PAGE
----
Weekly Bulletin Articles
In the beginning of time, everything God created was perfect. After each division of His creation, God “...saw that it was good” (cf. Gen. 1). Adam and Eve formed the first home, the oldest of God’s divine institutions (Gen. 2:21-25). It wasn’t long before there was trouble in paradise; sin entered into this world (Gen. 3:1-6). Mankind has suffered the consequences of sin ever since that tragic day in Eden. Solomon wrote, “There is not a just man upon the earth that doeth good and sinneth not” (Eccl. 7:20).
In the New Testament, Christ created another divine institution, His church (Acts 2:1-47). The book of Acts is a history of the establishment and growth (about 30 years) of the church of Christ. The church, as Christ planned it, is like “heaven on earth.” She truly was a spiritual paradise until sin raised its ugly head, and the church became corrupted; consequently, again, there was trouble in paradise.
Many years ago, I was privileged to be a student in one of the late brother G. K. Wallace’s Bible classes. In one class session, a student asked brother Wallace, “What does the church of Christ teach...,” and before he could complete his question, brother Wallace replied, “Just about anything!” We all laughed! But, now, it’s no laughing matter. The church, God’s spiritual paradise is in deep trouble.
In the late 40s and throughout the 50s, the church faced the problem of brethren denying the right of the church to financially support, from her treasury, a home for orphans operated by brethren; along with congregations cooperating with each other in the field of evangelism. Our great brotherhood was torn asunder. Indeed, there was trouble in paradise.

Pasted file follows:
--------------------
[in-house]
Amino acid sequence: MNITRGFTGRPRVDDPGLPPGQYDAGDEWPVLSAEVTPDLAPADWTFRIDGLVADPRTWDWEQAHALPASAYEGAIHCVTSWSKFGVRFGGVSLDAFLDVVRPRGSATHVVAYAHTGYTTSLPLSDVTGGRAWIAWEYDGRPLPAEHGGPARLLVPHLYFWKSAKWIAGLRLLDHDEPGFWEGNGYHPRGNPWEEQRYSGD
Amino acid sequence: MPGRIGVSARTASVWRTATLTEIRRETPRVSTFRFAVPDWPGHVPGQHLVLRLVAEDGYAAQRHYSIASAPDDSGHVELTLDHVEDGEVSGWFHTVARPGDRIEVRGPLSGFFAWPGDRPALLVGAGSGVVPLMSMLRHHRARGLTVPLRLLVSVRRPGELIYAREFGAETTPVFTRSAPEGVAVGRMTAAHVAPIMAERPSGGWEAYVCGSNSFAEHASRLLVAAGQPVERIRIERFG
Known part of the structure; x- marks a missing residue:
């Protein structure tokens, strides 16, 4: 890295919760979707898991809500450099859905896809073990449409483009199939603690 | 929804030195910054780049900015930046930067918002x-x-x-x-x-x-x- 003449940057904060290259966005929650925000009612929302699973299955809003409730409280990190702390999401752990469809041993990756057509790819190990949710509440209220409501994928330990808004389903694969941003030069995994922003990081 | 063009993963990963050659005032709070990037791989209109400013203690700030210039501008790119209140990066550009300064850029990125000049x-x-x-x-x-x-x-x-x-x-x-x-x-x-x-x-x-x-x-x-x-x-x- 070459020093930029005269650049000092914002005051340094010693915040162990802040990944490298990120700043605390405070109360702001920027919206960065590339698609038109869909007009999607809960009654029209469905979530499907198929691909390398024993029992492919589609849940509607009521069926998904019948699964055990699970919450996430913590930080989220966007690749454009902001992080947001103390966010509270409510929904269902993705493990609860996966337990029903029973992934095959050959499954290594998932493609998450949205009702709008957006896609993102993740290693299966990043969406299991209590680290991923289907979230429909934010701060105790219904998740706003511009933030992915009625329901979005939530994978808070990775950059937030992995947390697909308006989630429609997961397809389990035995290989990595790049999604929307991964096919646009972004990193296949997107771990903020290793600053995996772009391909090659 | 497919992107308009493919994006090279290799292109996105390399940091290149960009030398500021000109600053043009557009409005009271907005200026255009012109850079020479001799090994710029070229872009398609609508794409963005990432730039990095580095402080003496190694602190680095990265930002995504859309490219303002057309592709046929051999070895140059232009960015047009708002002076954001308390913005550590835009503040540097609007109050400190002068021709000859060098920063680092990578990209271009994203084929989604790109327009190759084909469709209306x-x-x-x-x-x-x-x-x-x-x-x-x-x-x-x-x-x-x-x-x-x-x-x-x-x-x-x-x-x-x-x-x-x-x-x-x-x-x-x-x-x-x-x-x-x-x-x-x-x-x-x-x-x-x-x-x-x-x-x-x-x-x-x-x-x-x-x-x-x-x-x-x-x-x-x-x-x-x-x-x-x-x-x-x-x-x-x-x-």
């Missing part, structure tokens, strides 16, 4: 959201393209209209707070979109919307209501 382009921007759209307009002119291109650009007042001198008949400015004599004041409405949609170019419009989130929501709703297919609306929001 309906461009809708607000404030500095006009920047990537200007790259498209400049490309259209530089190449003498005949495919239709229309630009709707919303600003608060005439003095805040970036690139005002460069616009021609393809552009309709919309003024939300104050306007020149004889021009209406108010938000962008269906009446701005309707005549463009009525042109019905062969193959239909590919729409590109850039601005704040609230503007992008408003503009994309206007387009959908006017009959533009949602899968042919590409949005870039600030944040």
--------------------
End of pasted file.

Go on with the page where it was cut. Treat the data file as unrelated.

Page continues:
In the 60s and 70s the church faced the problem of Pentecostalism. During the early 80s until now, there has been a steady drift into liberalism. The ultra-conservative brethren sought to bind upon the brotherhood what God had not bound. Now, our liberal brethren are seeking to loose what God has bound. To do this, they have come up with a cry for a new hermeneutic in Biblical interpretation and a denial of any New Testament pattern for the church to follow. Who among us would have ever dreamed the beautiful bride of Christ would experience so many departures from the faith? The apostle Paul wrote of those who would give “...heed to seducing spirits and doctrines of devils”
(I Tim. 4:1). These “seducing spirits and doctrines of devils” are running rampant in the church, and it’s later than most seem to think. What, then, has destroyed this paradise?
We have allowed at least two generations to “come up in the church” who have little, if any, concept of what is meant when we speak of scriptural authority. We have far too many preachers who either: 1) do not believe in the necessity of having scriptural authority for our beliefs and practices, or 2) they are afraid to preach sermons that teach the necessity of having scriptural authority for all we do (cf. Col. 3:17). Our pulpits, in many cases, have become weak and inefficient in preaching the Gospel of Christ. When the sermons we hear Sunday after Sunday could be preached in most any denominational church, without any disapproval, it’s no wonder the church is in such serious trouble.
The old pioneer preachers often referred to the church as the “ship of Zion.” Brethren, we can turn this “ship” around. How? By getting back to the basics by teaching God’s word in its completeness. Let’s return to demanding a “thus saith the Lord” for what we preach and practice. Let’s let the denominational world know there is a vast difference between them and us. The true church of Christ is militant and distinctive in doctrine and practice. If we will “speak as the oracles of God” (I Peter 4:11), the true church will be restored in all its pristine glory. Then, like Joshua of old, we will have good success (Josh. 1:8). Think about it.